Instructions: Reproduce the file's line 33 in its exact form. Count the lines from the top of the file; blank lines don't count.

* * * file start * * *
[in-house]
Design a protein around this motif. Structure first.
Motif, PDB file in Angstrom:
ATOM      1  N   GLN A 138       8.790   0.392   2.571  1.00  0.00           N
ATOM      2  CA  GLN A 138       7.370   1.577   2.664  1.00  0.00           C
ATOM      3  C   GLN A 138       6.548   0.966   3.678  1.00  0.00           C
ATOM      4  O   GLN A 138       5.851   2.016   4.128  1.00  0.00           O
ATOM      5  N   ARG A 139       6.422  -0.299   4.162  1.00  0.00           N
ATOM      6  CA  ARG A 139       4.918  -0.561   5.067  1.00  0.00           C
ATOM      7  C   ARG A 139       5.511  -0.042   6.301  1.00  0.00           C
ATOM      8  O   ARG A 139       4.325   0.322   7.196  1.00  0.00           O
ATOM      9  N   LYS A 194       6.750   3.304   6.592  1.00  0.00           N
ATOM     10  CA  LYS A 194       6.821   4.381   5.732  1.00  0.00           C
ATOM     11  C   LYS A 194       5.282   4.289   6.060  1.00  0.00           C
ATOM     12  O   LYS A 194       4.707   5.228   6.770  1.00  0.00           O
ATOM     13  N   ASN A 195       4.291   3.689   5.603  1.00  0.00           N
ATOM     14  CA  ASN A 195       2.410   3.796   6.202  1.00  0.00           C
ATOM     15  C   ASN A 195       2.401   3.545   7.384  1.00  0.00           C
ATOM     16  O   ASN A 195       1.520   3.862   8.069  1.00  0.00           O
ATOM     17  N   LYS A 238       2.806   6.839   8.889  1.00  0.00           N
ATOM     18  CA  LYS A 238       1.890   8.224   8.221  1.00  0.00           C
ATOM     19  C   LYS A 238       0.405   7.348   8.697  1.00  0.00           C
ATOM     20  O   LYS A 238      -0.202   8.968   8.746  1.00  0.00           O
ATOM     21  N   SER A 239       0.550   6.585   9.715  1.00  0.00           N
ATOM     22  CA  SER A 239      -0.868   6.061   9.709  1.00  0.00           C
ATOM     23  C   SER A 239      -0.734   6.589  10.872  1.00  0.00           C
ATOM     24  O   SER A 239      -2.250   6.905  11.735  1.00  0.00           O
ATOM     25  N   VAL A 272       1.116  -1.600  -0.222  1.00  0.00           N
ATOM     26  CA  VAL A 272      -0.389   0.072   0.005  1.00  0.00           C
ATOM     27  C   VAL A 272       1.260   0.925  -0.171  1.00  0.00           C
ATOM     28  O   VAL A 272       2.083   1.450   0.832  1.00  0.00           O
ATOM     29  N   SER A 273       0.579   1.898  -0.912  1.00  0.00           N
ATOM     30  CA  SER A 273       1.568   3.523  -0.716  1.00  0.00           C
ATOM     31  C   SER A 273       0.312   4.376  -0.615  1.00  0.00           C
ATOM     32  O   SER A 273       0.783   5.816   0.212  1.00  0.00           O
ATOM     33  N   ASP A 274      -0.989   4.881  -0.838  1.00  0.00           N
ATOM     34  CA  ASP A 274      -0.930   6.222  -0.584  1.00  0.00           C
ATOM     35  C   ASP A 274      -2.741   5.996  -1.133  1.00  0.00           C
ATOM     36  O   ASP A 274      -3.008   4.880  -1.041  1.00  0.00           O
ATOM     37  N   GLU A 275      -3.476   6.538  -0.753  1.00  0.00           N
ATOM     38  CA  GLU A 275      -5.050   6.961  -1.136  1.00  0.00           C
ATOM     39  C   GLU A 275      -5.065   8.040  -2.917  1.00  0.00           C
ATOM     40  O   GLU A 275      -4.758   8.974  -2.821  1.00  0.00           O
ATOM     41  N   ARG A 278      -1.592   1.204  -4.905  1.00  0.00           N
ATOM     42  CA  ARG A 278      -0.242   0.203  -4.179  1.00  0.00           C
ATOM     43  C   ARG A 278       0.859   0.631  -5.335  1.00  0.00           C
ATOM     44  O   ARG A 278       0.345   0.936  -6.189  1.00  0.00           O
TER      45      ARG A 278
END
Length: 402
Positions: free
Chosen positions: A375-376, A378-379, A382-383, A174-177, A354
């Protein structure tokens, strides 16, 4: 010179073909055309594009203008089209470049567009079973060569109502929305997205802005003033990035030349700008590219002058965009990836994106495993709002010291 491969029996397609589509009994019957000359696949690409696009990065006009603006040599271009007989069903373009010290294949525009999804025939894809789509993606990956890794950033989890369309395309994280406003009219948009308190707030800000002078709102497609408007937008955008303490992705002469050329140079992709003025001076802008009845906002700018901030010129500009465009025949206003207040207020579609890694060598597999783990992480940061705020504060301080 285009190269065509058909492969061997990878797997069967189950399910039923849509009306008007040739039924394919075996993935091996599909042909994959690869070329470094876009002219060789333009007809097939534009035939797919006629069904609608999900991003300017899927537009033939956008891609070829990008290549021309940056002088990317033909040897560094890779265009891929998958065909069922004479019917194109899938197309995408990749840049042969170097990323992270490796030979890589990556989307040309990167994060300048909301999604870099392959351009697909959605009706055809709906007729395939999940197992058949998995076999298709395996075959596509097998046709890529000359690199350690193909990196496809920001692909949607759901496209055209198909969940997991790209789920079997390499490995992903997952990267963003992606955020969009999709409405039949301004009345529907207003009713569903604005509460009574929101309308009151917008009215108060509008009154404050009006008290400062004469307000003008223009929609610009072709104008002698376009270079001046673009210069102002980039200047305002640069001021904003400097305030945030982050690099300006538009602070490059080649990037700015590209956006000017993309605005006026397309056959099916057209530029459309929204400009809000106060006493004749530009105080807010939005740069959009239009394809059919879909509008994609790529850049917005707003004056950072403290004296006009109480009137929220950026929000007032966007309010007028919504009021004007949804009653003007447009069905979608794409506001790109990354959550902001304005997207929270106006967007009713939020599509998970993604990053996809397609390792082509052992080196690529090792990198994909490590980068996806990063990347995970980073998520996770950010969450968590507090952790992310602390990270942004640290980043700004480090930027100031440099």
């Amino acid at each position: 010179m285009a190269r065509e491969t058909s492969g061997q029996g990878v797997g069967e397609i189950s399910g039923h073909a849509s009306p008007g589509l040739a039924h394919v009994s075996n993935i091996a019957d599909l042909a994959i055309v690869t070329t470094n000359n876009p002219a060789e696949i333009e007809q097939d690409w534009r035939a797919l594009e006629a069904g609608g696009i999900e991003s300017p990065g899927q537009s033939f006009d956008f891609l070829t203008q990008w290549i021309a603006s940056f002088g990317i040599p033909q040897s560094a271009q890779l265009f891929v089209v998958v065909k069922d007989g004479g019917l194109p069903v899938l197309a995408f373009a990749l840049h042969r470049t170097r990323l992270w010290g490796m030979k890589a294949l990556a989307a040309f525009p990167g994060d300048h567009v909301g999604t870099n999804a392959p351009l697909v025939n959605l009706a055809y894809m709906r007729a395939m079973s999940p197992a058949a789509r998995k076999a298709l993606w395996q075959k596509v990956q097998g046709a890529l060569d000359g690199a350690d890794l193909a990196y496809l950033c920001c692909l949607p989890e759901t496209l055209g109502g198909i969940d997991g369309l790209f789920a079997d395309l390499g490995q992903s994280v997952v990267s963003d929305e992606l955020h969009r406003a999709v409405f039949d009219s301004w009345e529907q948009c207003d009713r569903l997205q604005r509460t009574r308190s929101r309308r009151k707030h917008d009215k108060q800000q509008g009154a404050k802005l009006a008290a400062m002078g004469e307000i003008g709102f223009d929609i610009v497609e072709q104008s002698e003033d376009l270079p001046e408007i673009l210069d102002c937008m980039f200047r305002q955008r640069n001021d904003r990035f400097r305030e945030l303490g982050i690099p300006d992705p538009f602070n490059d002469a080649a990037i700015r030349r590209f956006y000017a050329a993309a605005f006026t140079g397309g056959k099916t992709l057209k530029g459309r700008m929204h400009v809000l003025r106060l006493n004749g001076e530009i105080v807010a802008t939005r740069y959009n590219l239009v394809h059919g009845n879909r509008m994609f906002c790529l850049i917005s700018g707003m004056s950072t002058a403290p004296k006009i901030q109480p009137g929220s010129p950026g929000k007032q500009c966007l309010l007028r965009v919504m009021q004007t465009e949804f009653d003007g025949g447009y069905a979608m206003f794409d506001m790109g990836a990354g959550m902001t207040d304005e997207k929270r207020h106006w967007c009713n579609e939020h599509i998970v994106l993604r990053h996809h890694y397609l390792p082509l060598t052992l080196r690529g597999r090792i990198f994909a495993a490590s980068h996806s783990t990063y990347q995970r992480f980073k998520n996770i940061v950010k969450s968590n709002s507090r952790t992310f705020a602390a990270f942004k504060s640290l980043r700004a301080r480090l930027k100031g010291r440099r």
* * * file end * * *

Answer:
ATOM     30  CA  SER A 273       1.568   3.523  -0.716  1.00  0.00           C